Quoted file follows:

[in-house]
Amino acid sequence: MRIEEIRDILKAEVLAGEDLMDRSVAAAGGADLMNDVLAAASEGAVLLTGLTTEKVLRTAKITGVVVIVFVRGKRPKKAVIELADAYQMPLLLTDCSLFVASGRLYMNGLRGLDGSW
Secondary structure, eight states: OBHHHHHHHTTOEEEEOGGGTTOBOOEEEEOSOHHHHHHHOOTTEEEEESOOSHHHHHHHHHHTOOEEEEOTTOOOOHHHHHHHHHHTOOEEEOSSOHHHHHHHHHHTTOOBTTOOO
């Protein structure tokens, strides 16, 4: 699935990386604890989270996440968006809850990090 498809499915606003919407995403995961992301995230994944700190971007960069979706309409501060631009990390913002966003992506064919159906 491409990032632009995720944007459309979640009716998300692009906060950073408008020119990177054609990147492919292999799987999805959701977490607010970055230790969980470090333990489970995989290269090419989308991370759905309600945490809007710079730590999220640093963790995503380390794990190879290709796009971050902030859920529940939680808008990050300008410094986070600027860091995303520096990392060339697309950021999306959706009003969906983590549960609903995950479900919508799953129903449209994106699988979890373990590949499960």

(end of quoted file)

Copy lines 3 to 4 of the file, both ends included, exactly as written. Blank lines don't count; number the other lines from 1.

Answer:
Secondary structure, eight states: OBHHHHHHHTTOEEEEOGGGTTOBOOEEEEOSOHHHHHHHOOTTEEEEESOOSHHHHHHHHHHTOOEEEEOTTOOOOHHHHHHHHHHTOOEEEOSSOHHHHHHHHHHTTOOBTTOOO
């Protein structure tokens, strides 16, 4: 699935990386604890989270996440968006809850990090 498809499915606003919407995403995961992301995230994944700190971007960069979706309409501060631009990390913002966003992506064919159906 491409990032632009995720944007459309979640009716998300692009906060950073408008020119990177054609990147492919292999799987999805959701977490607010970055230790969980470090333990489970995989290269090419989308991370759905309600945490809007710079730590999220640093963790995503380390794990190879290709796009971050902030859920529940939680808008990050300008410094986070600027860091995303520096990392060339697309950021999306959706009003969906983590549960609903995950479900919508799953129903449209994106699988979890373990590949499960």